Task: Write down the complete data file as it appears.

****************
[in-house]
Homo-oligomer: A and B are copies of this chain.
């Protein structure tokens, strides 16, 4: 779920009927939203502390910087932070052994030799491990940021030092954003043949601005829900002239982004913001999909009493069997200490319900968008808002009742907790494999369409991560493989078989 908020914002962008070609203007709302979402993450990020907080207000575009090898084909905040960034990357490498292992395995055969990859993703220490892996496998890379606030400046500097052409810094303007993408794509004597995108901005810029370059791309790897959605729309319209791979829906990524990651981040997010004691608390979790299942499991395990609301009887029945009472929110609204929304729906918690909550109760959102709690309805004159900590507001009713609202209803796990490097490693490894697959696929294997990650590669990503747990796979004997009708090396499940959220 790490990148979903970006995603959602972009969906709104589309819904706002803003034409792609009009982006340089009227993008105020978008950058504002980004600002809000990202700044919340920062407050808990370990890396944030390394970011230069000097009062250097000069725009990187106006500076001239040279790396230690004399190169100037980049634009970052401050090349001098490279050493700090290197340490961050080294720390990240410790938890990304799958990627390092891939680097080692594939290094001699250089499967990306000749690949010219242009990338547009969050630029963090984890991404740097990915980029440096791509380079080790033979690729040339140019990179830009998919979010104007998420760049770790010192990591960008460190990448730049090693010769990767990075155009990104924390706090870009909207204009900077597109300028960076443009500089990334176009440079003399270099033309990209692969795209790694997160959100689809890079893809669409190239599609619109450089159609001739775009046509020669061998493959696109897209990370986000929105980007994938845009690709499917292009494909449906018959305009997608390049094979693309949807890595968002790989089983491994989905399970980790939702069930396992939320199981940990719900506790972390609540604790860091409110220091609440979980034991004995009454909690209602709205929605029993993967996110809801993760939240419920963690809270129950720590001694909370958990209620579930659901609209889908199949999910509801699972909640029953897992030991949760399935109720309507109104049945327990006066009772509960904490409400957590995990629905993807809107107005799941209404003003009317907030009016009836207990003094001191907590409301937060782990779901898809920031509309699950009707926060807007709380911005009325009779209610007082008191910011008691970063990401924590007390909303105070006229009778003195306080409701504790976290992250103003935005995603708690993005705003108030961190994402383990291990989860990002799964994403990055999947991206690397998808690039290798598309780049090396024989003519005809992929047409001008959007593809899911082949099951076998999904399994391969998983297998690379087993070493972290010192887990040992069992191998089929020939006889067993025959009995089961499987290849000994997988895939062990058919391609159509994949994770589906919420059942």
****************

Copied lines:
[in-house]
Homo-oligomer: A and B are copies of this chain.
């Protein structure tokens, strides 16, 4: 779920009927939203502390910087932070052994030799491990940021030092954003043949601005829900002239982004913001999909009493069997200490319900968008808002009742907790494999369409991560493989078989 908020914002962008070609203007709302979402993450990020907080207000575009090898084909905040960034990357490498292992395995055969990859993703220490892996496998890379606030400046500097052409810094303007993408794509004597995108901005810029370059791309790897959605729309319209791979829906990524990651981040997010004691608390979790299942499991395990609301009887029945009472929110609204929304729906918690909550109760959102709690309805004159900590507001009713609202209803796990490097490693490894697959696929294997990650590669990503747990796979004997009708090396499940959220 790490990148979903970006995603959602972009969906709104589309819904706002803003034409792609009009982006340089009227993008105020978008950058504002980004600002809000990202700044919340920062407050808990370990890396944030390394970011230069000097009062250097000069725009990187106006500076001239040279790396230690004399190169100037980049634009970052401050090349001098490279050493700090290197340490961050080294720390990240410790938890990304799958990627390092891939680097080692594939290094001699250089499967990306000749690949010219242009990338547009969050630029963090984890991404740097990915980029440096791509380079080790033979690729040339140019990179830009998919979010104007998420760049770790010192990591960008460190990448730049090693010769990767990075155009990104924390706090870009909207204009900077597109300028960076443009500089990334176009440079003399270099033309990209692969795209790694997160959100689809890079893809669409190239599609619109450089159609001739775009046509020669061998493959696109897209990370986000929105980007994938845009690709499917292009494909449906018959305009997608390049094979693309949807890595968002790989089983491994989905399970980790939702069930396992939320199981940990719900506790972390609540604790860091409110220091609440979980034991004995009454909690209602709205929605029993993967996110809801993760939240419920963690809270129950720590001694909370958990209620579930659901609209889908199949999910509801699972909640029953897992030991949760399935109720309507109104049945327990006066009772509960904490409400957590995990629905993807809107107005799941209404003003009317907030009016009836207990003094001191907590409301937060782990779901898809920031509309699950009707926060807007709380911005009325009779209610007082008191910011008691970063990401924590007390909303105070006229009778003195306080409701504790976290992250103003935005995603708690993005705003108030961190994402383990291990989860990002799964994403990055999947991206690397998808690039290798598309780049090396024989003519005809992929047409001008959007593809899911082949099951076998999904399994391969998983297998690379087993070493972290010192887990040992069992191998089929020939006889067993025959009995089961499987290849000994997988895939062990058919391609159509994949994770589906919420059942």